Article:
Foreign Business Law in Thailand

By: Wjaegel
With highly sophisticated infrastructure and free enterprise economy, Thailand - officially the Kingdom of Thailand - attracts many foreigners to set up and conduct innovative businesses. However, in order to invest or conduct a business in Thailand, a foreign investor is required to comply with certain laws and regulations. Al though they are sometimes complicated, these regulations are straightforward and not problematic.

The laws regarding foreign business laws in Thailand are governed by the Foreign Business Act, B.E. 2542. In other words, the Foreign Business Act 1999 (FBA) is the most significant law that oversees major foreign-owned businesses in the country. Published on December 4, 1999 in the Royal Government and came into existence with effect from March 3, 2000, this Act actually replaced the Alien Business Law, otherwise known as the National Executive Council No. 281, which was enacted in 1972.

The Foreign Business Act 1999 has been developed to provide the country with a modern as well as effective legal framework that enables foreign investors to invest in large scale. According to the Foreign Business Act, a company is regarded foreign, if it complies with following regulations such as:

- The entity not being registered in the country
- A registered or a limited partnership entity with non Thai managing partner
- Al though the entity is incorporated in the country, foreign shareholding is half or more than half of the overall shares of the company
- Over half of the firm's capital fund is derived from a person who is not of a Thai nationality

As per the Foreign Business Act, the businesses have been categorized into three categories, such as Category A, Category B, and Category C. Under the Category C, foreign individuals are completely restricted from starting certain business for some special reasons, and some of them are newspaper publication as well as television or radio business firms, livestock business, wood processing business, business in connection with the Thai herbs, trading of antique or any items of historical significance, manufacturing of the images of Lord Buddha, and land business.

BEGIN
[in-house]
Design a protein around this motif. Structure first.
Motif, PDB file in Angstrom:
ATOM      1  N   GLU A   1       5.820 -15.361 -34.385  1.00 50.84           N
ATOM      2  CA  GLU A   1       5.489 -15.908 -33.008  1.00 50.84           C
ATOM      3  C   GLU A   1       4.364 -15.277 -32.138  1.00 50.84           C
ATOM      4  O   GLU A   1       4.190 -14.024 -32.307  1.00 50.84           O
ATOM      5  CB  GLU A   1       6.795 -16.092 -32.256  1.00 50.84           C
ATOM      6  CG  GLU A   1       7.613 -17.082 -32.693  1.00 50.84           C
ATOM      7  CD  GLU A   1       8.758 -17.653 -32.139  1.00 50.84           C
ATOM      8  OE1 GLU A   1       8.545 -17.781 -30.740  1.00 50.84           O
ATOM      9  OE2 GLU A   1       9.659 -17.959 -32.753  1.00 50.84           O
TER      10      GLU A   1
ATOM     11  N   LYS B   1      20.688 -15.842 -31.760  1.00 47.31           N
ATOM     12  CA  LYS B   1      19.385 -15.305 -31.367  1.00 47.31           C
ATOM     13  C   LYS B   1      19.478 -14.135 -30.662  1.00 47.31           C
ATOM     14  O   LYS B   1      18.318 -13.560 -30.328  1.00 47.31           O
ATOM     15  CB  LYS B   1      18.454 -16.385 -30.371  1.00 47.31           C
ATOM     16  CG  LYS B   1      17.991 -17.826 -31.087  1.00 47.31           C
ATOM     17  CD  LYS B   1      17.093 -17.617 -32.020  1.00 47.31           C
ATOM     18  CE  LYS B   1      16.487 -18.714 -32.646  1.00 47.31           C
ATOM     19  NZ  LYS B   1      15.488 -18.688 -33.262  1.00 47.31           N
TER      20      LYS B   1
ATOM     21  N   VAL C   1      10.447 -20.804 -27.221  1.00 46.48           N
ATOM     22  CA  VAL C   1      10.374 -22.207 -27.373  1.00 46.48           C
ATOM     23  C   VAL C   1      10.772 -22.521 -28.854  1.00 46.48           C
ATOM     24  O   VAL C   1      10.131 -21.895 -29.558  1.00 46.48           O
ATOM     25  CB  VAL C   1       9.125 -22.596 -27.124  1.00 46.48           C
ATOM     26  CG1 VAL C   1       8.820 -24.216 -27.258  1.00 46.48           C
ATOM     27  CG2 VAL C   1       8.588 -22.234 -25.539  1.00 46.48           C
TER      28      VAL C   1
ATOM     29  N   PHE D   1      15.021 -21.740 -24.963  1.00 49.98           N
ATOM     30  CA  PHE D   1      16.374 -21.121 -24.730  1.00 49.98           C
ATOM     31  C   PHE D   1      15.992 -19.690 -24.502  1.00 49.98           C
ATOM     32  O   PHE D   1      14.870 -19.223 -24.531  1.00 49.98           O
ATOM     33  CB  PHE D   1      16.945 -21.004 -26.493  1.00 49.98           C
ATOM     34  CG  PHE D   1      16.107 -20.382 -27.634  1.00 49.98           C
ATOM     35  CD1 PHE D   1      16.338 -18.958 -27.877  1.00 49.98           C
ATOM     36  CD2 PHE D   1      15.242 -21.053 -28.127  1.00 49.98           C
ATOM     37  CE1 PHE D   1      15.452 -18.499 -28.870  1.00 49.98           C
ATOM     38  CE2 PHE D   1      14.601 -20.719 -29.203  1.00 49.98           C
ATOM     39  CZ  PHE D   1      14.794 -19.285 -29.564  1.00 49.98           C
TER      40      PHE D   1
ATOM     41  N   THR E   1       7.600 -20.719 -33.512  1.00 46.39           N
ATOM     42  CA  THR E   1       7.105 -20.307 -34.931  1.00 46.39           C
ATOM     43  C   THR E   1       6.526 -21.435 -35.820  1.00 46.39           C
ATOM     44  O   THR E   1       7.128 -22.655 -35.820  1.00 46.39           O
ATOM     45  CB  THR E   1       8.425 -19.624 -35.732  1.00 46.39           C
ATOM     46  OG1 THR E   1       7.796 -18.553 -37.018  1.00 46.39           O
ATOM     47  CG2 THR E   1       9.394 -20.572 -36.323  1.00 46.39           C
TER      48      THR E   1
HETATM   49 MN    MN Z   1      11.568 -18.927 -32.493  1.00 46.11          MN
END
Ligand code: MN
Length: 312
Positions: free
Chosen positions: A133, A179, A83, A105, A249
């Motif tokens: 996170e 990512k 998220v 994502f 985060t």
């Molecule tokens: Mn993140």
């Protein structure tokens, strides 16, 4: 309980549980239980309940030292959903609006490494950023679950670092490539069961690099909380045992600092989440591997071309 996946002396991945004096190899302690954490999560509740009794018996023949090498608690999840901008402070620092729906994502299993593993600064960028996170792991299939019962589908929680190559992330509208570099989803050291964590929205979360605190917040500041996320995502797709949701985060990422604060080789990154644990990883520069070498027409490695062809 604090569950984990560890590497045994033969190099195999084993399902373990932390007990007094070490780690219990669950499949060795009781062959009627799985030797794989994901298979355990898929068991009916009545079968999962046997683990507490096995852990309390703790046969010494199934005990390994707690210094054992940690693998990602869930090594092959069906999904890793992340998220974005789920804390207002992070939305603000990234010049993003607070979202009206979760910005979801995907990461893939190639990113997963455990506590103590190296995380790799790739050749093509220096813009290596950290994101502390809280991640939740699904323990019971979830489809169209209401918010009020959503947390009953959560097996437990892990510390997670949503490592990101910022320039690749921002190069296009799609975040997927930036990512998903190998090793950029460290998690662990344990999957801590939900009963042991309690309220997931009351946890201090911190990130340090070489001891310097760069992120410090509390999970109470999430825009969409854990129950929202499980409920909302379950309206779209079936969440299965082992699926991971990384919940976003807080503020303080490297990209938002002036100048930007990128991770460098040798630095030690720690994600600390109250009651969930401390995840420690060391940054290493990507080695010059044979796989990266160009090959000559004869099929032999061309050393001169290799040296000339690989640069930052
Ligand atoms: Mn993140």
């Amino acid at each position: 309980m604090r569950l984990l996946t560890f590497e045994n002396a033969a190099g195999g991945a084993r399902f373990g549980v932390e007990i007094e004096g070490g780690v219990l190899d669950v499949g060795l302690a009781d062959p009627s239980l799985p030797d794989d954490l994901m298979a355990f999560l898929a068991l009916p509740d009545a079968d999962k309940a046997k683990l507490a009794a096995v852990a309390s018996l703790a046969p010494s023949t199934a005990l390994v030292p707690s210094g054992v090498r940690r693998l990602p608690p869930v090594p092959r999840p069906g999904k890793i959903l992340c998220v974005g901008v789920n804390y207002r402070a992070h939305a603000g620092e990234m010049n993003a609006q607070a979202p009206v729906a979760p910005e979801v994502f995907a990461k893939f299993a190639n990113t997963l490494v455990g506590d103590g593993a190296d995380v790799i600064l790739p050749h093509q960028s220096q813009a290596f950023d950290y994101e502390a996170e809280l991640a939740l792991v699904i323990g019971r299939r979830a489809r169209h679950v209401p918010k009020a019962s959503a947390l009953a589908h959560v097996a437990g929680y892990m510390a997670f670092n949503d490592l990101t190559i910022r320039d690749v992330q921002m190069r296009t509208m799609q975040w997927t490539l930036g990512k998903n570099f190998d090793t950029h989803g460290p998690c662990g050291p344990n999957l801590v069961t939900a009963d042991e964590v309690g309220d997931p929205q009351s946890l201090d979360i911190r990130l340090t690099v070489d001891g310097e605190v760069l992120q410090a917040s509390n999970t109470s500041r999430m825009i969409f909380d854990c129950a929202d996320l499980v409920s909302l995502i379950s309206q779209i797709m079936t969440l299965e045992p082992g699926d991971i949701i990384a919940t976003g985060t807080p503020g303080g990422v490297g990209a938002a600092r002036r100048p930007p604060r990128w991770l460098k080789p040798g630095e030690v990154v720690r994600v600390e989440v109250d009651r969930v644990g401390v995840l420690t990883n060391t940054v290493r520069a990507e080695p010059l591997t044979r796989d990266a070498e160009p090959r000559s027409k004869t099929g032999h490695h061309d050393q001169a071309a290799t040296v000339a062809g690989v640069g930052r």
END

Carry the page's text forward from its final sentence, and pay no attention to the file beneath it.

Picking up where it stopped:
As in the case of the Category A, the Category B also prohibits foreigners from investing in certain types of businesses. Among these businesses are businesses that may affect the safety as well as security of the national, such as, manufacture and sales of items like gun powder and explosive items; businesses that may affect the art and culture of the country like manufacture of wood items, manufacturing of earthenware items, silkworm rearing, orchard farming, and laundry services; and businesses that may affect natural resources of the country, such as, manufacture of sugar from sugarcane, mining of rock salt, and processing wood to build furniture as well as utensils. However, such businesses may be conducted if the entity can gain the approval of the Board of Investment.

When comes to the Category C, it allows foreign firms to invest in certain types of businesses, provided they get approval from the Committee. Included in this category are farming of rice as well as production of flour, business in connection with fishery and forestry matters, mining, manufacture of glass containers and crockery, lime production, accounting and legal service businesses, and architecture and engineering related businesses.

A foreigner interested in investing as well as conducting any of the business specified in the Category C is required to submit an application with the Department of Commercial Registration in order to receive a license, namely, Alien Business License, before starting any business activity in the country. This license would be valid for a stipulated time period, and would be further subject to certain conditions.

However, for a foreigner or an alien company to apply for Alien Business License, the Ministerial Regulations, as per the Section 8 of the Law, has put forward certain conditions, of which some of them are the overall debt in connection with the financing of the business should not exceed seven times the capital possessed by the proprietors, partners, and shareholders of the business; money brought from abroad should not be less than the amount that has been declared as capital investment for the business in Thailand; and the number of Thai as well as alien directors must be in accordance with the capital held.

A plethora of law firms and other related service providers are in the scenario to help foreigners in dealing with complicated laws in connection with the foreign business registrations.
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